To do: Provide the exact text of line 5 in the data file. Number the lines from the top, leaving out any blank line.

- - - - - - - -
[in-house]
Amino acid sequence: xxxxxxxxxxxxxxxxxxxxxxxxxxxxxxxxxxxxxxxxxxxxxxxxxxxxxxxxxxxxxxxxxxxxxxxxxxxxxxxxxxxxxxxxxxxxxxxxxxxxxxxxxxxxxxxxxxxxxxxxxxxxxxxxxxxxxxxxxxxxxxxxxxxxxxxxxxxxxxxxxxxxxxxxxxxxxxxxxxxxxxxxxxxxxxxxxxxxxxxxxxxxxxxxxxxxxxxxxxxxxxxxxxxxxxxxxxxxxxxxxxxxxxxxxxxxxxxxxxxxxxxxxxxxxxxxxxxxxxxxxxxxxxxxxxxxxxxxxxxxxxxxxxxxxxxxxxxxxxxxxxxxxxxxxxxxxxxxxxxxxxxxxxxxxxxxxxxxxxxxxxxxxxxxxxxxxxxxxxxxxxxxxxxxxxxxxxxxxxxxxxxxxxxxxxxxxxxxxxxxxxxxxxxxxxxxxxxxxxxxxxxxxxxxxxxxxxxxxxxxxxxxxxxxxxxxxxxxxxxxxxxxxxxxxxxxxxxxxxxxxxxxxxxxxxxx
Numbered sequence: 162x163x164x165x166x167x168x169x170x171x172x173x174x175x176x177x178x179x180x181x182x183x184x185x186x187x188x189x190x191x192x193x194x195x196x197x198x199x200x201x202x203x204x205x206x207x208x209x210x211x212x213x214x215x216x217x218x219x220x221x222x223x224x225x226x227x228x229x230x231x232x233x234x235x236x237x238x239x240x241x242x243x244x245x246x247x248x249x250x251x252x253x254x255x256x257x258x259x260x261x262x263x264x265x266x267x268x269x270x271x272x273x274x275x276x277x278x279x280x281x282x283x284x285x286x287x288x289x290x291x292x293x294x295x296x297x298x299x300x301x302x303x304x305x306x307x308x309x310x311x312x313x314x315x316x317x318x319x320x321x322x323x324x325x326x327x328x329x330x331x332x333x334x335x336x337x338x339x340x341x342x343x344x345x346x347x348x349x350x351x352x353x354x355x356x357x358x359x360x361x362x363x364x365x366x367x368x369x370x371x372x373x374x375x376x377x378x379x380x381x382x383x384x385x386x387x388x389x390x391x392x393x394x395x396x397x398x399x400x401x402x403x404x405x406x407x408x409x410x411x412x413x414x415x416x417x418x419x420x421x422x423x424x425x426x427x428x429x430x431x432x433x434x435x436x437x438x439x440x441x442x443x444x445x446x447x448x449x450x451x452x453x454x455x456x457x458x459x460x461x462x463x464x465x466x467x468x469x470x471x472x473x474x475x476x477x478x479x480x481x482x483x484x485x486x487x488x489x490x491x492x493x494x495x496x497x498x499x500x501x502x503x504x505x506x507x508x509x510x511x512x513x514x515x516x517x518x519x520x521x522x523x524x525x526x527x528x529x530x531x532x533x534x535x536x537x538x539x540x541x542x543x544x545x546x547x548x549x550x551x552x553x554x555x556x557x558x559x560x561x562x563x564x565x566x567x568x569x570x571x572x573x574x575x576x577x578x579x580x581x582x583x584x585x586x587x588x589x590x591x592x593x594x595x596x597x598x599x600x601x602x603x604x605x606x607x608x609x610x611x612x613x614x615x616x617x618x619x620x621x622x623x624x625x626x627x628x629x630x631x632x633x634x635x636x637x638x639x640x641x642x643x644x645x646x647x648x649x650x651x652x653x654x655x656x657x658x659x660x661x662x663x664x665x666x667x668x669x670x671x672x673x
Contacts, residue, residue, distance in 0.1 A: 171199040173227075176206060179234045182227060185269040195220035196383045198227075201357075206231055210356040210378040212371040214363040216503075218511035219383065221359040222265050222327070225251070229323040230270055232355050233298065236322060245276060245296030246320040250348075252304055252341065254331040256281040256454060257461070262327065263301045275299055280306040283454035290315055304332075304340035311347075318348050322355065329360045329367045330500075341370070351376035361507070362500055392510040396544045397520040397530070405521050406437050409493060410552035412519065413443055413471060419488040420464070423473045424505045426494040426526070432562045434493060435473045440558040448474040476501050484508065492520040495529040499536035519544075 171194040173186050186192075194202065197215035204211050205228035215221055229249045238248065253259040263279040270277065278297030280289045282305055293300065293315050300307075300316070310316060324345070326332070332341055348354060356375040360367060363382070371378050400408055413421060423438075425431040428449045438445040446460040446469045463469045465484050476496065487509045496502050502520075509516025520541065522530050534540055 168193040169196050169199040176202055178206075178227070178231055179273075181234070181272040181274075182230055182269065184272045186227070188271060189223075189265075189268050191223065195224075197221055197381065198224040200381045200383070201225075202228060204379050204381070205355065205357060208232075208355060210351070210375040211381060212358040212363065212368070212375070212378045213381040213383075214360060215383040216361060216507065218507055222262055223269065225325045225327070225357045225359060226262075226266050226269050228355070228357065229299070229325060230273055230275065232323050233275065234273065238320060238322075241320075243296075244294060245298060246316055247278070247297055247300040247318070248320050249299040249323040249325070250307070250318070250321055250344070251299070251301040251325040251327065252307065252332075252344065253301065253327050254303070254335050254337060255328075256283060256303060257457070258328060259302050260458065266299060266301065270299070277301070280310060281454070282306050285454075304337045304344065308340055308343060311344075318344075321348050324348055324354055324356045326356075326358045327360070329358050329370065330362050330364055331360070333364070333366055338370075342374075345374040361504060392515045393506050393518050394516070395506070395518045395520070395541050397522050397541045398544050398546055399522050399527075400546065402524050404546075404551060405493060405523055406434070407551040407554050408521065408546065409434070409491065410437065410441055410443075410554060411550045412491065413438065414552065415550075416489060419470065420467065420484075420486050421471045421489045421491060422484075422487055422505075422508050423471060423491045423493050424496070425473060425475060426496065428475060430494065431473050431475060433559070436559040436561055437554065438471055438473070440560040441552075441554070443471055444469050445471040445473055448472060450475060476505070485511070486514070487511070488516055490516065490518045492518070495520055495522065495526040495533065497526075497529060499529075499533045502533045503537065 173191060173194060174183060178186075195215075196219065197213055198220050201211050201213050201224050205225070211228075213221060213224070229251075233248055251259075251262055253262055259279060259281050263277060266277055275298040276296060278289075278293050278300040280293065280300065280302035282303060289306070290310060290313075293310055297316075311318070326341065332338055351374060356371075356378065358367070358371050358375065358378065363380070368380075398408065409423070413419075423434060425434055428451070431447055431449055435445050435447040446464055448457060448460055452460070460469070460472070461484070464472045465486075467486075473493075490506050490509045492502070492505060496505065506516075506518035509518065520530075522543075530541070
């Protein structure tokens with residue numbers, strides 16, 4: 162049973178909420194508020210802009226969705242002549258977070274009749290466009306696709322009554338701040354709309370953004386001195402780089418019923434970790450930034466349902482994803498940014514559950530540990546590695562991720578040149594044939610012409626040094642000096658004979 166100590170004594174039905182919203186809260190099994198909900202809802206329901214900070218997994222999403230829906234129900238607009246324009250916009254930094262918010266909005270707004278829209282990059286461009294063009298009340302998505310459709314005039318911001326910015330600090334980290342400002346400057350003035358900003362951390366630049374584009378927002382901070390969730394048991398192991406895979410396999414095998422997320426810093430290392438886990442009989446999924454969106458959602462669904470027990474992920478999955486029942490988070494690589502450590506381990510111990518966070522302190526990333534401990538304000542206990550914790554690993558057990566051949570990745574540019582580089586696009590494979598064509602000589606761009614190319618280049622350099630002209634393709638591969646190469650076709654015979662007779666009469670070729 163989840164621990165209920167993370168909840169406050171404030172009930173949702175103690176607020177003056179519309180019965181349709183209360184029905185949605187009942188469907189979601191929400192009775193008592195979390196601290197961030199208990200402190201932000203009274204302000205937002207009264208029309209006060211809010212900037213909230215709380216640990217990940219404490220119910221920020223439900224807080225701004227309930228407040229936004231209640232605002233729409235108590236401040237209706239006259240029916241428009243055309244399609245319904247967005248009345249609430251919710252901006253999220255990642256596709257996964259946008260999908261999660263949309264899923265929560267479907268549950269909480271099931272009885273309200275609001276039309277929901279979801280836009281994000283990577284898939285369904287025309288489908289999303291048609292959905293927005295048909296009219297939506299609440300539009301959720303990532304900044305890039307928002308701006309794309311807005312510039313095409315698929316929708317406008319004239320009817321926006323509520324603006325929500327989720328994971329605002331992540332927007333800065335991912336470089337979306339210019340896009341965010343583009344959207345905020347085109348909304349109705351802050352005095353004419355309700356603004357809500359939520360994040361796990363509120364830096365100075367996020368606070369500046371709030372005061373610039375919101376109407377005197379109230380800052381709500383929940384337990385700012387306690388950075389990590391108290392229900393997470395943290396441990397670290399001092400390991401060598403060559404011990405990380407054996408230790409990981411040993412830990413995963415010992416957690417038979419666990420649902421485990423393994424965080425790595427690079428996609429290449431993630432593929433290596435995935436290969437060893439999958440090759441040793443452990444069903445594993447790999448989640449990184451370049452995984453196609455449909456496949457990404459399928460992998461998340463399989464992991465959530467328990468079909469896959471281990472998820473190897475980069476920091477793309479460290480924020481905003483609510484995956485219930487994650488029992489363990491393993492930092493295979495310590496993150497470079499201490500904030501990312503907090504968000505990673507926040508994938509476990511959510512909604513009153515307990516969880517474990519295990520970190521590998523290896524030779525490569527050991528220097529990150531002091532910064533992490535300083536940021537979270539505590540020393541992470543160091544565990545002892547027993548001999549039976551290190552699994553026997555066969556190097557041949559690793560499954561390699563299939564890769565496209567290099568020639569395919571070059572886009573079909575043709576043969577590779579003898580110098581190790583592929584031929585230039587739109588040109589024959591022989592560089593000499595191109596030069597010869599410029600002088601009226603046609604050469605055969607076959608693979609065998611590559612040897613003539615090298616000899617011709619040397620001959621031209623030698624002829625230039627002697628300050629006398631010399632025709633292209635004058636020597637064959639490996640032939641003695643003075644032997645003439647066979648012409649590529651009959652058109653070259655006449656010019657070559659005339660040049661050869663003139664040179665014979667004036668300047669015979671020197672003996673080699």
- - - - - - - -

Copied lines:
């Protein structure tokens with residue numbers, strides 16, 4: 162049973178909420194508020210802009226969705242002549258977070274009749290466009306696709322009554338701040354709309370953004386001195402780089418019923434970790450930034466349902482994803498940014514559950530540990546590695562991720578040149594044939610012409626040094642000096658004979 166100590170004594174039905182919203186809260190099994198909900202809802206329901214900070218997994222999403230829906234129900238607009246324009250916009254930094262918010266909005270707004278829209282990059286461009294063009298009340302998505310459709314005039318911001326910015330600090334980290342400002346400057350003035358900003362951390366630049374584009378927002382901070390969730394048991398192991406895979410396999414095998422997320426810093430290392438886990442009989446999924454969106458959602462669904470027990474992920478999955486029942490988070494690589502450590506381990510111990518966070522302190526990333534401990538304000542206990550914790554690993558057990566051949570990745574540019582580089586696009590494979598064509602000589606761009614190319618280049622350099630002209634393709638591969646190469650076709654015979662007779666009469670070729 163989840164621990165209920167993370168909840169406050171404030172009930173949702175103690176607020177003056179519309180019965181349709183209360184029905185949605187009942188469907189979601191929400192009775193008592195979390196601290197961030199208990200402190201932000203009274204302000205937002207009264208029309209006060211809010212900037213909230215709380216640990217990940219404490220119910221920020223439900224807080225701004227309930228407040229936004231209640232605002233729409235108590236401040237209706239006259240029916241428009243055309244399609245319904247967005248009345249609430251919710252901006253999220255990642256596709257996964259946008260999908261999660263949309264899923265929560267479907268549950269909480271099931272009885273309200275609001276039309277929901279979801280836009281994000283990577284898939285369904287025309288489908289999303291048609292959905293927005295048909296009219297939506299609440300539009301959720303990532304900044305890039307928002308701006309794309311807005312510039313095409315698929316929708317406008319004239320009817321926006323509520324603006325929500327989720328994971329605002331992540332927007333800065335991912336470089337979306339210019340896009341965010343583009344959207345905020347085109348909304349109705351802050352005095353004419355309700356603004357809500359939520360994040361796990363509120364830096365100075367996020368606070369500046371709030372005061373610039375919101376109407377005197379109230380800052381709500383929940384337990385700012387306690388950075389990590391108290392229900393997470395943290396441990397670290399001092400390991401060598403060559404011990405990380407054996408230790409990981411040993412830990413995963415010992416957690417038979419666990420649902421485990423393994424965080425790595427690079428996609429290449431993630432593929433290596435995935436290969437060893439999958440090759441040793443452990444069903445594993447790999448989640449990184451370049452995984453196609455449909456496949457990404459399928460992998461998340463399989464992991465959530467328990468079909469896959471281990472998820473190897475980069476920091477793309479460290480924020481905003483609510484995956485219930487994650488029992489363990491393993492930092493295979495310590496993150497470079499201490500904030501990312503907090504968000505990673507926040508994938509476990511959510512909604513009153515307990516969880517474990519295990520970190521590998523290896524030779525490569527050991528220097529990150531002091532910064533992490535300083536940021537979270539505590540020393541992470543160091544565990545002892547027993548001999549039976551290190552699994553026997555066969556190097557041949559690793560499954561390699563299939564890769565496209567290099568020639569395919571070059572886009573079909575043709576043969577590779579003898580110098581190790583592929584031929585230039587739109588040109589024959591022989592560089593000499595191109596030069597010869599410029600002088601009226603046609604050469605055969607076959608693979609065998611590559612040897613003539615090298616000899617011709619040397620001959621031209623030698624002829625230039627002697628300050629006398631010399632025709633292209635004058636020597637064959639490996640032939641003695643003075644032997645003439647066979648012409649590529651009959652058109653070259655006449656010019657070559659005339660040049661050869663003139664040179665014979667004036668300047669015979671020197672003996673080699």